Friday, October 20, 2017

An Answer to Freek Vermeulen

In the midst of doing some research, I came across an article by Freek Vermeulen, a Professor of Strategy and Entrepreneurship at the London Business School that caught my eye. The article was entitled Stop Comparing Management to Sport. It caught my eye because in my Strategic Management classes, I often use sports as an analogy.

In his article, Vermeulen states that sports is an "unhelpful analogy" and that managing your company like it was a sport can "lead your business astray" or "create a mighty corporate mess." He cites as support for his claim the notion of "compression diseconomies." Vermeulen does a nice job of explaining that concept here. Basically, the idea is that if one company puts 100 hours in a row into a project, they will likely not have the same level of performance as a company who also put 100 hours into the project--but spread out over a longer period of time, say, in 5 hour chunks.

While Vermeulen uses this concept to support his recommendation to "stop comparing management to sports," my contention is that this is exactly one of the reasons sports is a GREAT analogy for management, strategy, and business in general.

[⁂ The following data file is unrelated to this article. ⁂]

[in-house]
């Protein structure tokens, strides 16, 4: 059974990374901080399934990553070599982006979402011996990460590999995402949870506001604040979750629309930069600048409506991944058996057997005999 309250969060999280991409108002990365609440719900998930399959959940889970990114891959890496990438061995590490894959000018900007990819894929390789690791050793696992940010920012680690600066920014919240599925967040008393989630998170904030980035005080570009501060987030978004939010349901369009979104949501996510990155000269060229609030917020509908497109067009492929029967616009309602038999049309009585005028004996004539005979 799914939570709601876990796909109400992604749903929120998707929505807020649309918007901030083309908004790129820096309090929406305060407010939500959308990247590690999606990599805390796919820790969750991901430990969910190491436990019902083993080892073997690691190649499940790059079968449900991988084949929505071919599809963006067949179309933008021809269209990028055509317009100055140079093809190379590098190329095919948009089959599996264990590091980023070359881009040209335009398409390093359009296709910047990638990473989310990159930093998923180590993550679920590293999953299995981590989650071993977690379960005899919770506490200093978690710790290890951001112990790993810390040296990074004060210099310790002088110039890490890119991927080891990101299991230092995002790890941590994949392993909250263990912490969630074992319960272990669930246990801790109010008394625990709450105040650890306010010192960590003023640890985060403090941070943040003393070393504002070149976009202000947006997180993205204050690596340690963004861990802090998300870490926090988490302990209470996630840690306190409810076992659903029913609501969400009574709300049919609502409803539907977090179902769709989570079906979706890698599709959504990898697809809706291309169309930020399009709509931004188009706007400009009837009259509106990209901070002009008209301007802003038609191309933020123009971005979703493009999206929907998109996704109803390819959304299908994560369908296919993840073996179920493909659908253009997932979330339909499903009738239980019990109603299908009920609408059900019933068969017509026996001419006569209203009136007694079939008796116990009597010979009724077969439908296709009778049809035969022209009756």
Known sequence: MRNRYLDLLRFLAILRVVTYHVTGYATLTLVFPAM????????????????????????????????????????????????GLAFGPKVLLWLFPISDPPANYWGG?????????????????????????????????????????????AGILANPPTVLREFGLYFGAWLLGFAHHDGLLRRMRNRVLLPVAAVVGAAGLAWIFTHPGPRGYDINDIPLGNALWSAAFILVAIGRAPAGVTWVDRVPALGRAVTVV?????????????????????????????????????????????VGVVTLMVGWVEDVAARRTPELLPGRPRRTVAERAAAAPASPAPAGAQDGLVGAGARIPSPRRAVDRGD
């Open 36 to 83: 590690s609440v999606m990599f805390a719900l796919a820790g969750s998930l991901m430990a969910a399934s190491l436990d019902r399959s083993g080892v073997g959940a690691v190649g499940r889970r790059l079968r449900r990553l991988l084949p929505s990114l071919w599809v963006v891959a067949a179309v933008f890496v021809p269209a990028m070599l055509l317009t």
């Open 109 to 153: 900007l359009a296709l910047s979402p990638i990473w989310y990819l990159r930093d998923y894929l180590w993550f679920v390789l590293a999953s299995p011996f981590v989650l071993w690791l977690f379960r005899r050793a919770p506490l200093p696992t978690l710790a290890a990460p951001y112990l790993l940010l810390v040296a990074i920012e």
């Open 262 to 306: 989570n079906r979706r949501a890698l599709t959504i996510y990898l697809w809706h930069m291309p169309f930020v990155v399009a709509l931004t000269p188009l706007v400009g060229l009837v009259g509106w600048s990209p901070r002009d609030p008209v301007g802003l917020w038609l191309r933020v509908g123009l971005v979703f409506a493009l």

Vermeulen writes that:

One can throw more resources at it (the business), work harder, and whip others into expending more effort too, but the organizational elements that make up a working firm - which by themselves may not be rocket science - need to gradually blend together to grow into a well-functioning organization. This takes nurturing, care, and, simply, time. Prematurely piling more effort onto something that hasn't blended yet can actually make it worse.

How is that different than sports? People who pay attention to sports know that winning comes from consistent practice, planning, strategic planning, leadership, effective culture, and time. Vermeulen implies that sport is the result of a moment in time...and ignores that efforts that lead up to that moment in time. Success in sports--and in business--do not happen overnight.

Vermeulen suggests a "better, but admittedly less sexy metaphor" of being a "builder of communities." This suggests that he doesn't understand the point of analogies or metaphors. The point of those tools are to connect people to something that they don't understand as well by connecting something that they do understand well. My students understand sports better than they do community building. I would argue that so do business leaders.

The entire article by Vermeulen is insulting to anyone who understands BOTH sports and business.

Frankly, it seems to be written by someone who has no real experience with sports.



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